Grain Direction

Text by Metapaper

Choosing the right grain direction can have an enormous impact on the final print project, particularly on the way it can be bound and opened. The grain direction can also be significant for the printing process, the machine run and further processing.

But what do we actually mean when we talk about grain direction? When paper is produced, a watery solution is applied to the wet end (the beginning) of the paper machine, which consists of 98 percent water and two percent pulp fibres and auxiliary materials.

The machine transports this water-fibre mix from the wet end to the individual drying ends at high speed. When this process is finished, the paper finally shows its familiar consistency.

When the fibres hit the running paper machine they mostly align along the running direction of the machine. When further processing and binding paper and cardboard it is important to establish whether this folding and binding takes place in line or against the grain.

In the case of short grain, the short side of the sheet of paper is positioned parallel to the running direction (grain) of the machine and the long side of the paper is positioned vertically to the running direction of the machine.

The English term “short grain” is an exact description of the short side of the sheet facing the grain of the machine. “Long grain” describes exactly the opposite: Here, the long side of the paper is parallel to the running direction (grain) of the machine.  

If you would like to make an A4 brochure with adhesive binding using the paper format 32 x 46cm, short grain is the right choice. The fibres run parallel to the binding and the magazine does not block when opened. However, if you would like to produce an A5 brochure with adhesive binding you need the format 32 x 46cm in long grain. There is also a lower risk for potential damages to the fold at the back of the magazine or the book if you fold parallel to the grain. Furthermore, it is vital to choose the right approach to creasing and grooving.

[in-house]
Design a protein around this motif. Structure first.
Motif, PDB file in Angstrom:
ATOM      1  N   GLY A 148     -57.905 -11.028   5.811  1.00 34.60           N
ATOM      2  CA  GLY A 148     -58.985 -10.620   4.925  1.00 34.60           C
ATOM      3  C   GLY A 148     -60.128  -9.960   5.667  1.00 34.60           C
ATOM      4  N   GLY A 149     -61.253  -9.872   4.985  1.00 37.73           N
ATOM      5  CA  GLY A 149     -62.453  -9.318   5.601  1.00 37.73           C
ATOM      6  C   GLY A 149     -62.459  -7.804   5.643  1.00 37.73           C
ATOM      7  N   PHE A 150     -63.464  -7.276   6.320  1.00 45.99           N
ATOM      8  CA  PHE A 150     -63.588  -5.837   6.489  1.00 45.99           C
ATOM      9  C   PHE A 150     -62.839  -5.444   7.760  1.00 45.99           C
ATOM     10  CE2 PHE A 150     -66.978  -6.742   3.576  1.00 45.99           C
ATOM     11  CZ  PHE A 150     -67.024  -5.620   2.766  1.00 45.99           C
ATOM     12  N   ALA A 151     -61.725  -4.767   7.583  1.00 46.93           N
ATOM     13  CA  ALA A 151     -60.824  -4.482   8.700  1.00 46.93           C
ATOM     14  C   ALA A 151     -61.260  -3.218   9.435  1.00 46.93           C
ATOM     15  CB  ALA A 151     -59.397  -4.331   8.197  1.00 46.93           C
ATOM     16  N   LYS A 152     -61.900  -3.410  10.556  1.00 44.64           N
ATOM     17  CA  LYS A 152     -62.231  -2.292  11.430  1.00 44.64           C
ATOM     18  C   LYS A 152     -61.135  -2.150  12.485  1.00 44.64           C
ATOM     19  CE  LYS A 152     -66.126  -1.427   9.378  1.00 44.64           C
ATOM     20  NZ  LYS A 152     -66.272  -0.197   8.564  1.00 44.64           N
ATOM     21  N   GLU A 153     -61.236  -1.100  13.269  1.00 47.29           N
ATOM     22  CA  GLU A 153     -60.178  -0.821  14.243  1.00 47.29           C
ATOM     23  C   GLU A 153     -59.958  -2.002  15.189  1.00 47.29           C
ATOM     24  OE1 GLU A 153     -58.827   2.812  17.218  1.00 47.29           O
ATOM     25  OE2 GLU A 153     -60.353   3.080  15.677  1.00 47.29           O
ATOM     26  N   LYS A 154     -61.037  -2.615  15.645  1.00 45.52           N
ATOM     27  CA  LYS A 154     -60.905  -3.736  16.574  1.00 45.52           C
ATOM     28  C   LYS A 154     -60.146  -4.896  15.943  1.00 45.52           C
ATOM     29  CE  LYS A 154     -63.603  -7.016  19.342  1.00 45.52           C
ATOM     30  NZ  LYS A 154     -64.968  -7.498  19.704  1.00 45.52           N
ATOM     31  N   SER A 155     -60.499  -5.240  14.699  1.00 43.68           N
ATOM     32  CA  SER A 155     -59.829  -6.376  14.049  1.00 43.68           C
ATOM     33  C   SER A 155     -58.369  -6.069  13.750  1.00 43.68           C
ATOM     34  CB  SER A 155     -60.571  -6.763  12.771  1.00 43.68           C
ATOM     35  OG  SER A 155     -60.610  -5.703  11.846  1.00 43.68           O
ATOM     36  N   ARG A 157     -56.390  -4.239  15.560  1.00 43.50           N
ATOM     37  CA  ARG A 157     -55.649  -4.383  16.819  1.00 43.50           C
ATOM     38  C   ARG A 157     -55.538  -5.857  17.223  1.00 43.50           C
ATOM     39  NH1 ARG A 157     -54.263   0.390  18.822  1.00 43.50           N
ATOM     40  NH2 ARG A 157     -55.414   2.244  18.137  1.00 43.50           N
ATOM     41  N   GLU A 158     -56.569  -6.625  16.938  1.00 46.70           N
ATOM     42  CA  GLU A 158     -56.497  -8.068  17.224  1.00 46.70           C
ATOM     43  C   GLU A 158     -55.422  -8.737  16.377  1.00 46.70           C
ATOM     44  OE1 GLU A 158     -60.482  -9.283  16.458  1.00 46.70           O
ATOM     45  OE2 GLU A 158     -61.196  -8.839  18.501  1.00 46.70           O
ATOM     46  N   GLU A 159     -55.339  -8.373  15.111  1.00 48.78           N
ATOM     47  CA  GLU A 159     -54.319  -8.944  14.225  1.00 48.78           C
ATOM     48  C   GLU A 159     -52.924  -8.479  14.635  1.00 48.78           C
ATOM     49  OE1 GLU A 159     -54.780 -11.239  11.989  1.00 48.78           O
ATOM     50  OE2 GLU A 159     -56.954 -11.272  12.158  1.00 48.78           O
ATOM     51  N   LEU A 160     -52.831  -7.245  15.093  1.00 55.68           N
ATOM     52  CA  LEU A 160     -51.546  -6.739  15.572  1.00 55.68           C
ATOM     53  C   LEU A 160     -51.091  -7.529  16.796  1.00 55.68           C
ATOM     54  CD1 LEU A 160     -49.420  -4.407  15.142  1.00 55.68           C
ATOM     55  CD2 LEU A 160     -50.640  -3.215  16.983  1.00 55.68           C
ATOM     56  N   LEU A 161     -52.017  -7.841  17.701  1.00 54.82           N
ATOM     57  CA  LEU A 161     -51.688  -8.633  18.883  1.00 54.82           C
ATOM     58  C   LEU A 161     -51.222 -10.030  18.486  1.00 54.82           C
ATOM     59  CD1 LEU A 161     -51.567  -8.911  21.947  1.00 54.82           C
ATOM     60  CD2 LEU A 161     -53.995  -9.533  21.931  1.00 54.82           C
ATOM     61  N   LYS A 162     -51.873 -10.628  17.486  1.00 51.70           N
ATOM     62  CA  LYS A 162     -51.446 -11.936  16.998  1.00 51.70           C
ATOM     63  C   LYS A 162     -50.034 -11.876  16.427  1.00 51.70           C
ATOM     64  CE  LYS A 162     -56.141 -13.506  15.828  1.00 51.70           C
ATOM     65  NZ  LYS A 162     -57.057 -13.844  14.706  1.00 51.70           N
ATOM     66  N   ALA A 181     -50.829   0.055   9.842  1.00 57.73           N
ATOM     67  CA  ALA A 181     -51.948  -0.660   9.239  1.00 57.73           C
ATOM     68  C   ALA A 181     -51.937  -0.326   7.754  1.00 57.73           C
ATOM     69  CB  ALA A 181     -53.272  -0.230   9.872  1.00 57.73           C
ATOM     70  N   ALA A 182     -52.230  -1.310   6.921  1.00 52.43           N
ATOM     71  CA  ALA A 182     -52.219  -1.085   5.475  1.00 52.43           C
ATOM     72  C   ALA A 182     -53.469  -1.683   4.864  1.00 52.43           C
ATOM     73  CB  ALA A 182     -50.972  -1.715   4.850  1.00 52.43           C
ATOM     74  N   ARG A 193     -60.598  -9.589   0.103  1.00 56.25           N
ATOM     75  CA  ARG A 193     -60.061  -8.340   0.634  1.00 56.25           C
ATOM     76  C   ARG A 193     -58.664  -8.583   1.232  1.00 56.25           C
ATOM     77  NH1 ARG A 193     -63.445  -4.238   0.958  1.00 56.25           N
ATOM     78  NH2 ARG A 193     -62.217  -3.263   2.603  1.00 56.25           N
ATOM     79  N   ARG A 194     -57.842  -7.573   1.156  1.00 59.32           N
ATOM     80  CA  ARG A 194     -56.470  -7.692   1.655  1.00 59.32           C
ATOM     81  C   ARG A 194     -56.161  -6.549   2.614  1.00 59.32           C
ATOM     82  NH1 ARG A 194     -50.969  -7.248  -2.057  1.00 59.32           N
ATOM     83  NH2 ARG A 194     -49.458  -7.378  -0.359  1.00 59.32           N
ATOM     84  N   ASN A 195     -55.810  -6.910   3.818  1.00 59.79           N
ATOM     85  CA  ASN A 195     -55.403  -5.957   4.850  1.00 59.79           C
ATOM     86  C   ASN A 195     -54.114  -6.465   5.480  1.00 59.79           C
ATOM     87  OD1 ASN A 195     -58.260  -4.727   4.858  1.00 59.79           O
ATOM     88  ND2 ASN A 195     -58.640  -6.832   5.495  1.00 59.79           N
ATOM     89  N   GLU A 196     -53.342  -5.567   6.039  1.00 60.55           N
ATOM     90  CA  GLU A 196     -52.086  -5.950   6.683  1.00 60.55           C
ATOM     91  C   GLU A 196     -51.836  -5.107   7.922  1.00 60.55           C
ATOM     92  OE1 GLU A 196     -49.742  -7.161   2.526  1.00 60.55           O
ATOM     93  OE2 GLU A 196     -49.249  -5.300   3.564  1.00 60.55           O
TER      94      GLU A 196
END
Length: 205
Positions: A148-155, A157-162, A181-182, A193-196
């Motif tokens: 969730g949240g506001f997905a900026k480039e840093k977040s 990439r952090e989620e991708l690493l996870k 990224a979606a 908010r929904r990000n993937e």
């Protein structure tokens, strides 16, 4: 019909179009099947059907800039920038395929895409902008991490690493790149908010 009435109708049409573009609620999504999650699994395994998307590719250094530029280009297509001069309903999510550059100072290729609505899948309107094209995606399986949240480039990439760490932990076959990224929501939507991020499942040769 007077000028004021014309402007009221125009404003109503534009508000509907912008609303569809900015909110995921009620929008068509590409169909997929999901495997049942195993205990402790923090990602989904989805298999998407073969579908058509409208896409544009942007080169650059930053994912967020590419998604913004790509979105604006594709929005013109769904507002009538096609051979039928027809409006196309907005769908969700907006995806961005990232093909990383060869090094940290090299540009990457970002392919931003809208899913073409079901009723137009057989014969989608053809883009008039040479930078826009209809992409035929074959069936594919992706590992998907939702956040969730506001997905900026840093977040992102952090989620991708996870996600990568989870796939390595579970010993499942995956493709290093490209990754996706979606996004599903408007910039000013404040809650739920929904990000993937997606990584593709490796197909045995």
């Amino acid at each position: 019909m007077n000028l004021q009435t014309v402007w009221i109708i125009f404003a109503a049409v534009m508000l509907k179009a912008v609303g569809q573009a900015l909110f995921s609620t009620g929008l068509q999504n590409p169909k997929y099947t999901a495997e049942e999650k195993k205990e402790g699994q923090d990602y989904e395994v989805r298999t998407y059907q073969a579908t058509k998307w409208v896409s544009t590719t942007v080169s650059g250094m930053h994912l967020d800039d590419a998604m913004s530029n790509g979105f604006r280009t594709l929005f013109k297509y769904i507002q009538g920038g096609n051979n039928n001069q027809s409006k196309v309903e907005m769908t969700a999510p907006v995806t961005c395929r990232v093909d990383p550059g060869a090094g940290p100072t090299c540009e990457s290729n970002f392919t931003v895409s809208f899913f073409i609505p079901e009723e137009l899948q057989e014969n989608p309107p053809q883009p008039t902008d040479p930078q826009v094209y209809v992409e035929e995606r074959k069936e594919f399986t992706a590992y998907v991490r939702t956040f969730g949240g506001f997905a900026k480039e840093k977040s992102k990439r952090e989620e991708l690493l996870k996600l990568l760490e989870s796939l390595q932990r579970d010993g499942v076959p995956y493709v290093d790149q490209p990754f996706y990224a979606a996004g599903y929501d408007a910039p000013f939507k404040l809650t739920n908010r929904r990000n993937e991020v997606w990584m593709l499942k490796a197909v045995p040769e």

We write the formats in the international style. A higher number at the beginning indicates short grain and the lower number at the beginning indicates long grain. Example: 102 x 72cm = short grain; 72 x 102cm = long grain.

As previously mentioned, the grain direction is also important for further processing and printing. In principle, both grain directions run through almost all printing units. However, we always recommend that you discuss the entire process with your printing partner.

For the production of packaging, long grain is more significant than short grain. Since folding takes place in line with and also against the grain, papers with a higher content of long fibres are produced for this purpose. They are more expensive, but  fold cracking does not occur as frequently. For packaging, the running direction of the machine during further processing and finishing is more important, for example for die-cutting or stamping and embossing. Most machine runs are better with long grain.

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